AXA investment arm buys 10 Irish care homes for unnamed client
Portfolio of 600 beds and 52 additional living units will be operated by Mowlam Healthcare
The percentage of the Irish population over 64 years of age is forecast to grow from 13.4 per cent in 2016 to 18.4 per cent by 2030, which will increase the demand for care home beds. Photograph: Getty Images
AXA Investment Managers’ (AXA IM) real estate arm has acquired a portfolio of 10 purpose-built care homes on behalf of an unnamed client, marking the French asset manager’s entry into this sector in the Republic.
The portfolio, consisting of 600 beds and 52 additional living units across buildings that were all built since 2002, will be operated by Mowlam Healthcare under 25-year leases.
Mowlam is the largest player in the industry in Ireland. Financial details were not disclosed.
It is understood that Mowlam owned five of the homes, while the others were individually owned and run by the company. They are based in Dublin, Limerick, Galway, Sligo, Waterford, Wexford and Kilkenny.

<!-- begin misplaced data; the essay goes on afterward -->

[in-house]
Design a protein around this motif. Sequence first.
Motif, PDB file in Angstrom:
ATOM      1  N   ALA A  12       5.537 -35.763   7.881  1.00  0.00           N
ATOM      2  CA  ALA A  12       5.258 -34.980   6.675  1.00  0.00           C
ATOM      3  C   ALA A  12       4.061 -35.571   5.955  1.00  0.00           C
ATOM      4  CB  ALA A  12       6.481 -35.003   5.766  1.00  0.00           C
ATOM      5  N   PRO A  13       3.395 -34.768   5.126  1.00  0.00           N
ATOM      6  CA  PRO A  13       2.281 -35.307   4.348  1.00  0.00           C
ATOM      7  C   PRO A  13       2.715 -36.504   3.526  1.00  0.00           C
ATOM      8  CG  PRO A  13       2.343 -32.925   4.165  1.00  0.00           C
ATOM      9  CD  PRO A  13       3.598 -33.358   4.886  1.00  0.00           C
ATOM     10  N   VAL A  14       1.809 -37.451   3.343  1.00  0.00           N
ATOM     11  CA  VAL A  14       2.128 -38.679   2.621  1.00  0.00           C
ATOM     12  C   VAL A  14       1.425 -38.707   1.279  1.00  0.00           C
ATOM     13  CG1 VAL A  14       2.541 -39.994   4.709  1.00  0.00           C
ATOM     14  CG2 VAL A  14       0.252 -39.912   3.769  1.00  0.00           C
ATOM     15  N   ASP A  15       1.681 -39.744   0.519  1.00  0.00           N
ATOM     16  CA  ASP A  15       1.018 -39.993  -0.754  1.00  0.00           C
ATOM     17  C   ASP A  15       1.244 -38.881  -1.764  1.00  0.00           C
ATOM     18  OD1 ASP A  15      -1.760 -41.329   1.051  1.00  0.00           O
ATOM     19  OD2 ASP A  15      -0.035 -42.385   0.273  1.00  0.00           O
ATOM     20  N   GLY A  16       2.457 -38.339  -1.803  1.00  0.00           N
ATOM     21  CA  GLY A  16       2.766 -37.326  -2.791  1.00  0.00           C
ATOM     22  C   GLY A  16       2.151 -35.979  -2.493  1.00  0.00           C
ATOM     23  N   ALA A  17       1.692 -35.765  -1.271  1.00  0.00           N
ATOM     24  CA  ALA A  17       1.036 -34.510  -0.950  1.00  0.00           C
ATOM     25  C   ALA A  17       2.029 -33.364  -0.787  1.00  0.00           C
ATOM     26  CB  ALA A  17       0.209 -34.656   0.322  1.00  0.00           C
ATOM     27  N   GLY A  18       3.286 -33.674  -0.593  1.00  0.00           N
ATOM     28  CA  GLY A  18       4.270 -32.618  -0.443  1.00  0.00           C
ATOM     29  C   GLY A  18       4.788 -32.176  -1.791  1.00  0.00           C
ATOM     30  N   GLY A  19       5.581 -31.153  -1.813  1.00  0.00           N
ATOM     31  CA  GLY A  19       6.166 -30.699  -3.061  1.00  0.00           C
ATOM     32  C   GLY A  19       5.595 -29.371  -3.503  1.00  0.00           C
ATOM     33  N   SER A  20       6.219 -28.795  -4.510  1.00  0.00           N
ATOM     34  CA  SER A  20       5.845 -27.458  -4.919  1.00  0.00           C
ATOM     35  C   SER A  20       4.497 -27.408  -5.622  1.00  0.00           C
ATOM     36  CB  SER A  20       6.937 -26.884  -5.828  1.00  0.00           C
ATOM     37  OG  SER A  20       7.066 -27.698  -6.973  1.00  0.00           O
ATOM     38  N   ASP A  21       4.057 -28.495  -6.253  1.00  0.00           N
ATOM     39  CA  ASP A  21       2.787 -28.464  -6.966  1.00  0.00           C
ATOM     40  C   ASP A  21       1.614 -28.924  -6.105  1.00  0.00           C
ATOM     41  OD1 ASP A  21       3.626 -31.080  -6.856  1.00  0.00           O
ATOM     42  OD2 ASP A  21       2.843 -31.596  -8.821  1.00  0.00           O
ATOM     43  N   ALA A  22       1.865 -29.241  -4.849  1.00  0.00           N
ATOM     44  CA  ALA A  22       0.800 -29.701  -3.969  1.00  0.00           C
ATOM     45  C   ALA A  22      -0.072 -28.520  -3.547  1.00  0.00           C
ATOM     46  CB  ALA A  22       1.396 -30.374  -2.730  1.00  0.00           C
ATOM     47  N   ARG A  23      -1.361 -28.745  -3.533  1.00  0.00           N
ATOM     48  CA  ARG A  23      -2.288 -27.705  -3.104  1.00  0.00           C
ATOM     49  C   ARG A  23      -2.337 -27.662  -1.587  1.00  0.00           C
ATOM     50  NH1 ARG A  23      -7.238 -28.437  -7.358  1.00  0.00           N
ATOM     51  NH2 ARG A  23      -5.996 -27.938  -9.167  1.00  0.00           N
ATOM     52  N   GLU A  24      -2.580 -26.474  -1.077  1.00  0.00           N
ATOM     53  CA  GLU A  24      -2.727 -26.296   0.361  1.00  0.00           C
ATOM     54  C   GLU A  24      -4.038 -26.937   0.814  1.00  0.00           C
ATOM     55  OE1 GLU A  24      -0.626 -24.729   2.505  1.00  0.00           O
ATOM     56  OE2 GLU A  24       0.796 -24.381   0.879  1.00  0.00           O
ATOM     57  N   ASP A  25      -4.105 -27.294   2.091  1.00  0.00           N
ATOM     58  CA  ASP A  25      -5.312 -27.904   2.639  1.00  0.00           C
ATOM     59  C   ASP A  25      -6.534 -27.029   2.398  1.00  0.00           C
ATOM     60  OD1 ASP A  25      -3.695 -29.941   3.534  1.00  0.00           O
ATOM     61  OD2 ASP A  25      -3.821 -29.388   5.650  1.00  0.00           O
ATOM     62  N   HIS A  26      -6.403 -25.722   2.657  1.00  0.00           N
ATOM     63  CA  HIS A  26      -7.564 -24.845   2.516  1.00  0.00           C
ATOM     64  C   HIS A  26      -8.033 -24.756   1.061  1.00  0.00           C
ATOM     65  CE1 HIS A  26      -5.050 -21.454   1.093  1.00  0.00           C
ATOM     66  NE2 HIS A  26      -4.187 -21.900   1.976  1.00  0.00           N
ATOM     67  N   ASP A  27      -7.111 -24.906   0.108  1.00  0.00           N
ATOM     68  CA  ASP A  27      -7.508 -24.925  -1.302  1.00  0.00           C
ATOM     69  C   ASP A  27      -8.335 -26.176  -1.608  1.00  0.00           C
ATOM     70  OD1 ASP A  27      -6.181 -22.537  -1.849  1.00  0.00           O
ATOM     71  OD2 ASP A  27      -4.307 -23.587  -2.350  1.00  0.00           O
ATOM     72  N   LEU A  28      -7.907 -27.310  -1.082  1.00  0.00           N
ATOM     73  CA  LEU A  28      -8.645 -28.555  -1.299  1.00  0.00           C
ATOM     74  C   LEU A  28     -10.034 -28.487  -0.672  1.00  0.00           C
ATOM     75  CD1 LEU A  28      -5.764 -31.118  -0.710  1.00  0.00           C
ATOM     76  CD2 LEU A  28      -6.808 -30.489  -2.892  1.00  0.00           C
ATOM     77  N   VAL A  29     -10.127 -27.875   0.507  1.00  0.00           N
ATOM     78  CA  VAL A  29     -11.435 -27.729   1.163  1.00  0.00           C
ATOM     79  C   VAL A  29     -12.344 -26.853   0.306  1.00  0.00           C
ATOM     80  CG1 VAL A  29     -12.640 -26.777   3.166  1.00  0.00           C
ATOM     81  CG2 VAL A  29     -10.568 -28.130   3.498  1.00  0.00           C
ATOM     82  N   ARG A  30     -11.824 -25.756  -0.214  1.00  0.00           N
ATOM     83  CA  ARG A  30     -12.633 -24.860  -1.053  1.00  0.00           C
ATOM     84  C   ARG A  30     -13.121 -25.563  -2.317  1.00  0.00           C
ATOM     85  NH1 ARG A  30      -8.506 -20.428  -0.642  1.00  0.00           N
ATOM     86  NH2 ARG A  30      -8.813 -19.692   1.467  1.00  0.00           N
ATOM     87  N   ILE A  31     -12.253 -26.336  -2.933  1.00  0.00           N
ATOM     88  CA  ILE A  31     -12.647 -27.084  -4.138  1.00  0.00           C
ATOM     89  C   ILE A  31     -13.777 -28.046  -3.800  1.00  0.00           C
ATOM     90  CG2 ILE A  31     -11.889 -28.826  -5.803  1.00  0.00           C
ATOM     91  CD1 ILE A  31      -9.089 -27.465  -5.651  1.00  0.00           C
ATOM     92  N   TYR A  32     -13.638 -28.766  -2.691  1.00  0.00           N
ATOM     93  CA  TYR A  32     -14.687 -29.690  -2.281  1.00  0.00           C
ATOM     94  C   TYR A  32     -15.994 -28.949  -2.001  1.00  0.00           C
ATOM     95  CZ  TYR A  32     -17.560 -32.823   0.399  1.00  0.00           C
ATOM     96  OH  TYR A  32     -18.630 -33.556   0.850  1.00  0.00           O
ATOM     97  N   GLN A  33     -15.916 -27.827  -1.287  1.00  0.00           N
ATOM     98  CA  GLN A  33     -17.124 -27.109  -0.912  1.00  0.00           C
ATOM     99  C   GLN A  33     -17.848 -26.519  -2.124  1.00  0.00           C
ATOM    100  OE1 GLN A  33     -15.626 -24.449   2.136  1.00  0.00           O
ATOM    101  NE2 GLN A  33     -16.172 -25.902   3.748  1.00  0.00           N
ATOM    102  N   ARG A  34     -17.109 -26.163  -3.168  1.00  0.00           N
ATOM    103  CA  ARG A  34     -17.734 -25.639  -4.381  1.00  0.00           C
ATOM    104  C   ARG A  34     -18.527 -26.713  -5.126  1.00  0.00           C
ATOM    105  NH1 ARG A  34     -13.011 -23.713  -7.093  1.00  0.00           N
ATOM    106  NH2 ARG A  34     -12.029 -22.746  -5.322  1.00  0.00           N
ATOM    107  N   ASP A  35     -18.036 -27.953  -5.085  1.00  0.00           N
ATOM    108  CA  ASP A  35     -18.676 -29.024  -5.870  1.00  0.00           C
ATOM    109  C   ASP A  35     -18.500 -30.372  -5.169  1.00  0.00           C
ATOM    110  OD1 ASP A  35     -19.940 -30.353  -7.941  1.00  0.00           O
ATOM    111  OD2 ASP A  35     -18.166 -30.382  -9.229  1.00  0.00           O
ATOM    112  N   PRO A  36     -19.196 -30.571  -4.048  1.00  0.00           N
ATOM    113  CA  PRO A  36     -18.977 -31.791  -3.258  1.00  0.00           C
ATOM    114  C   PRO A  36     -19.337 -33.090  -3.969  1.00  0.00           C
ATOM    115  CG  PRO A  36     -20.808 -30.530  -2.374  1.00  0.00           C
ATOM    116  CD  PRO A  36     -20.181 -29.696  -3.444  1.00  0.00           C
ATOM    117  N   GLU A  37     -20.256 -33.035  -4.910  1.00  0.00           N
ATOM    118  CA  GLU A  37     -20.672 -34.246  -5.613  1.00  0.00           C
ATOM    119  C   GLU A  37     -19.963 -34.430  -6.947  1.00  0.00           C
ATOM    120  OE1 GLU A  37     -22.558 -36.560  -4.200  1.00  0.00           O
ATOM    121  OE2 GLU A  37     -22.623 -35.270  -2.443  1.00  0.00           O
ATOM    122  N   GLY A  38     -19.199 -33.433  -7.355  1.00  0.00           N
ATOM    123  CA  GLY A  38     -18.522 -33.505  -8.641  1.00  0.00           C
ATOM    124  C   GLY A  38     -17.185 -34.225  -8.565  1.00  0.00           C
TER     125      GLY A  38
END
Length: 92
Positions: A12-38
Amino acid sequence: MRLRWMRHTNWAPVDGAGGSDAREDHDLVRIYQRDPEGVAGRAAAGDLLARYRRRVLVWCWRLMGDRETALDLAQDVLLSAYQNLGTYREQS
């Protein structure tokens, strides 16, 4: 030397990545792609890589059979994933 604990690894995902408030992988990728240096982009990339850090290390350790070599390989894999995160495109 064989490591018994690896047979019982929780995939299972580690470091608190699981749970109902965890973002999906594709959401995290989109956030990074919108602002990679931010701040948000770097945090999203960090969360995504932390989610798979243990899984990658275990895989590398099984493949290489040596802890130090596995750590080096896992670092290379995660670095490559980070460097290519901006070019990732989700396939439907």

“The Irish care home market is characterised by high occupancy rates and favourable demand/supply dynamics, fuelled by a lack of development activity during and immediately following the global financial crisis, as well as ongoing high barriers to entry,” AXA IM said.
This portfolio acquisition allows us to enter what is a fast-growing and demographically supported sector
The percentage of the Irish population over 64 years of age is forecast to grow from 13.4 per cent in 2016 to 18.4 per cent by 2030, according to the EU statistics office, Eurostat, which will increase the demand for care home beds.
AXA IM noted that the Irish market was “highly fragmented”, with three-quarters of care beds made up of individual homes operated by single owners.
“This portfolio acquisition allows us to enter what is a fast-growing and demographically supported sector,” Andrew Ovey, head of healthcare at AXA IM, said.
Mr Ovey said that working with Mowlam, which is in charge of 1,500 beds across 27 facilities, should “ensure that we are well positioned to benefit from further opportunities which may arise in what is a hugely fragmented and undersupplied market”.
As a result of the deal, Mowlam, in business in Ireland for almost two decades, will become a pure nursing home operating company, with all of its buildings under third-party ownership. The company said it employs 1,600 staff.
Mowlam’s chairman Pat Shanahan said that the deal would also “enable us to advance our plans to bring that gold standard care service to more parts of the country as we look to operate more homes”.